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Davie, T.J.A.; Fahey, B.D.; Stewart, M.J. Tussock grasslands and high water yield: a review of the evidence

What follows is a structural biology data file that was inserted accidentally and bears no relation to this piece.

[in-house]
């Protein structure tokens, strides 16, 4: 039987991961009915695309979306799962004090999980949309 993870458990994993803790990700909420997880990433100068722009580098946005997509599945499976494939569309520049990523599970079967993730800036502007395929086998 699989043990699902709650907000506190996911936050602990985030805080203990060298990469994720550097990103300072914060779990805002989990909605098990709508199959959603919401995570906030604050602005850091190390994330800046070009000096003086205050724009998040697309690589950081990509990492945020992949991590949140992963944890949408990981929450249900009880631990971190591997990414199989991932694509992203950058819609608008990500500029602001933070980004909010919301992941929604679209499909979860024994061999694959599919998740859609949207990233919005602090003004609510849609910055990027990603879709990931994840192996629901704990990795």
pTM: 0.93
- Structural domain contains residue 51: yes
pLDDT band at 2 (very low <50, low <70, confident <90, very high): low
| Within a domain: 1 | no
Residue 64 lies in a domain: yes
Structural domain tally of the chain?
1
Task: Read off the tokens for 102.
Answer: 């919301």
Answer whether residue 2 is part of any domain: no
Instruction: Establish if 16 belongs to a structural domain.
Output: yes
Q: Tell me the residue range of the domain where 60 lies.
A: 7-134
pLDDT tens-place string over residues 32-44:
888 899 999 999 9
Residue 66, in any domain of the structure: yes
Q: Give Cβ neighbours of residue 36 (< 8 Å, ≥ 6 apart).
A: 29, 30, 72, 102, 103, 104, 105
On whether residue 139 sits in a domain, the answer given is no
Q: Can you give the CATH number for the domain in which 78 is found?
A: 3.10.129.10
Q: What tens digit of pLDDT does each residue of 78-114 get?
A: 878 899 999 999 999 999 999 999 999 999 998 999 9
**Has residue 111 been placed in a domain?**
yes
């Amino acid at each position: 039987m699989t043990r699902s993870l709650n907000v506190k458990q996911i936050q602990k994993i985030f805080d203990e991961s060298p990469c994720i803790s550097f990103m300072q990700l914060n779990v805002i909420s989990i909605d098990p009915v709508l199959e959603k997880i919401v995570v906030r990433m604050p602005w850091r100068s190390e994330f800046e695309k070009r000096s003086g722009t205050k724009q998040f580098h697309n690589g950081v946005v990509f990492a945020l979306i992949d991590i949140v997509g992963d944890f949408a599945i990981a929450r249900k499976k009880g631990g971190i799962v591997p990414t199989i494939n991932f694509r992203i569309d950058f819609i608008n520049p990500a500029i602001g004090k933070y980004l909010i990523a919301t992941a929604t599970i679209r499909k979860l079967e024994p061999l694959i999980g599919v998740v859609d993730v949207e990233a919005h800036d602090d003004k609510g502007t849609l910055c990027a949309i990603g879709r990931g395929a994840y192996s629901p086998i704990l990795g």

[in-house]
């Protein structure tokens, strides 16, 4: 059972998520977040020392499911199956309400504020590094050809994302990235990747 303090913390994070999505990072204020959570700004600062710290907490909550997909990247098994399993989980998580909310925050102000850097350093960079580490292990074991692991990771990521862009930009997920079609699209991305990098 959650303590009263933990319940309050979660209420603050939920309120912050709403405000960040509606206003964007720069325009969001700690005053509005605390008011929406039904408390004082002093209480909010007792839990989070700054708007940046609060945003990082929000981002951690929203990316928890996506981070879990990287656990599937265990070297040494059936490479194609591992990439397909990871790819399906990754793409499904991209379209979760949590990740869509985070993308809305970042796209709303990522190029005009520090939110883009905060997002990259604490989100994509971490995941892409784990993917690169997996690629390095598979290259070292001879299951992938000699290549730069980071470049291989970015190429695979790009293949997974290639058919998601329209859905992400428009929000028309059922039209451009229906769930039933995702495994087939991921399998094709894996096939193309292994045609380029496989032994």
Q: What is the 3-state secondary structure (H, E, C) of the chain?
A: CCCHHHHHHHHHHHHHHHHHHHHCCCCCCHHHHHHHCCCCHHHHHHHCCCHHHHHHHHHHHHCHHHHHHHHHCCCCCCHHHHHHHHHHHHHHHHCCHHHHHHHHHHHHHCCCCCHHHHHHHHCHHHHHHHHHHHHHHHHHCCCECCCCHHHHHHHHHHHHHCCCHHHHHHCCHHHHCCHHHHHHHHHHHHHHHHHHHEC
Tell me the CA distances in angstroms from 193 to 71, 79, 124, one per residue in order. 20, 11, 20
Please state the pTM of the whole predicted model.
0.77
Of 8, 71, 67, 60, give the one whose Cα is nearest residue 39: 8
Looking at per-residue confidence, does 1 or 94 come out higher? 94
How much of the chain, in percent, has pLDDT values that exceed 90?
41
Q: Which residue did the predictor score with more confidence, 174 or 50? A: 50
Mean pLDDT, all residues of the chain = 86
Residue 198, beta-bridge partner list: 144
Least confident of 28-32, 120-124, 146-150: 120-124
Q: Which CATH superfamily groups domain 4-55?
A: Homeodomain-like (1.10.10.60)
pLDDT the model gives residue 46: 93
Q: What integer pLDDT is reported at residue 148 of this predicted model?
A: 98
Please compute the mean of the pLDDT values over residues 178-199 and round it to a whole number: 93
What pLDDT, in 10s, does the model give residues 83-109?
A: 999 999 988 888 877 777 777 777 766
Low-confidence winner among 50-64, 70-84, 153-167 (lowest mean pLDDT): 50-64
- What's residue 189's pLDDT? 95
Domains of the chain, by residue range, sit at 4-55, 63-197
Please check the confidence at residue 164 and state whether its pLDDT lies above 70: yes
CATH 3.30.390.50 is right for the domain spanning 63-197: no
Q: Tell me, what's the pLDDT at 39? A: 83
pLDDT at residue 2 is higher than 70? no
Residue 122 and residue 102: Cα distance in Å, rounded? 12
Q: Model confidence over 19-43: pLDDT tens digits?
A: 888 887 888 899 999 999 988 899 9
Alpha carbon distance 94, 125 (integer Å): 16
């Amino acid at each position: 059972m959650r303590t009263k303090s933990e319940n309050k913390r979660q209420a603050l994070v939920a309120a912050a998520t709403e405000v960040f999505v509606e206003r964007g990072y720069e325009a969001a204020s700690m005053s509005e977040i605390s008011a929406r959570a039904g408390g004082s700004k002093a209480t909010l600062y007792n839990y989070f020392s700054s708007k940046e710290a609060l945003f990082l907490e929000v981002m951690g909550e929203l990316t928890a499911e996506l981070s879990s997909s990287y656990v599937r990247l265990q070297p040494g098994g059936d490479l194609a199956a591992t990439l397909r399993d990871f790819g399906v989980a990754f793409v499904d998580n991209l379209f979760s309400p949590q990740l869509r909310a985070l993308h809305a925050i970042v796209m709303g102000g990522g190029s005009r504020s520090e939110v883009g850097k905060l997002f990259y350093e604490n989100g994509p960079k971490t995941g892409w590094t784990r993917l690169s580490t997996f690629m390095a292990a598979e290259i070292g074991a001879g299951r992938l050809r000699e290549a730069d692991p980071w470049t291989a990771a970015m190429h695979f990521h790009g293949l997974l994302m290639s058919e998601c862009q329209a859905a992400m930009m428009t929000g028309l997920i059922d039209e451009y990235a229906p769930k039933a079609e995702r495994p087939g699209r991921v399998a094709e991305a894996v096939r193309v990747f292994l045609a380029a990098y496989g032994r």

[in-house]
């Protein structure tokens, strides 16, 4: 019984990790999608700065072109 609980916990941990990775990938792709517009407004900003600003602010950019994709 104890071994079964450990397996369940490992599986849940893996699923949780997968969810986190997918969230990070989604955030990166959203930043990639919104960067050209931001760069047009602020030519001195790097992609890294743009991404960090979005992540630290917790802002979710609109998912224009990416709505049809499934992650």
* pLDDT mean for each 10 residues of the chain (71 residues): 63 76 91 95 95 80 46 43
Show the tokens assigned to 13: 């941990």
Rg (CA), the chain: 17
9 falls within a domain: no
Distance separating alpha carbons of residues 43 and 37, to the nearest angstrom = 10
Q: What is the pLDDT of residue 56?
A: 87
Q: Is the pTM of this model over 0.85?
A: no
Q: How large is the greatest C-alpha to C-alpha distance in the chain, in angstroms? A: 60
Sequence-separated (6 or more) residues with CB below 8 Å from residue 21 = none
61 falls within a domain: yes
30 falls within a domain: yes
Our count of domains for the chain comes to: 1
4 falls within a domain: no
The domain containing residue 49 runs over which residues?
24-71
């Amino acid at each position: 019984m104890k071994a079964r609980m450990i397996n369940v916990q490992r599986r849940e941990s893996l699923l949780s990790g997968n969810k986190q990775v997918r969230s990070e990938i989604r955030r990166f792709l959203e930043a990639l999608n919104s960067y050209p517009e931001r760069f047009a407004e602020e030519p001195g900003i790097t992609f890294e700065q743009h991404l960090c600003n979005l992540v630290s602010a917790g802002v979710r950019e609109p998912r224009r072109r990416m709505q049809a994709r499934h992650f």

Two hypotheses have been proposed to account for sustained high water yields in tussock grassland of upland east Otago: low evaporation and fog interception. We examine the evidence for the relative importance of the two mechanisms. Weighing lysimeter studies and those measuring snow tussock transpiration all suggest that restricted transpiration is responsible for high water yields from tussock grassland, despite the potential for tussocks to transpire more freely. Snow tussock appears to start controlling its transpiration rate through shutting stomata as the atmospheric demand for water vapour increases (i.e., an increase in saturation vapour pressure deficit). When this is combined with modest wet leaf evaporation, or canopy interception loss, it is clear that snow tussock is conservative in its use of water. A recent analysis of the isotopic signatures of rainfall, fog and water collected at the base of lysimeters suggests that water draining from the soil is a mix of rain and fog in sub-equal proportions. We offer other, equally valid, explanations for the same results that do not lead to the conclusion that fog deposition makes a substantial contribution to water yield. There is no evidence from catchment studies undertaken in the east Otago uplands to suggest that fog deposition is capable of augmenting water yield from tussock grasslands. We conclude that low evaporation from tussock grassland, especially during dry periods, is much more likely to explain the high water yields at both the plant and catchment scale.

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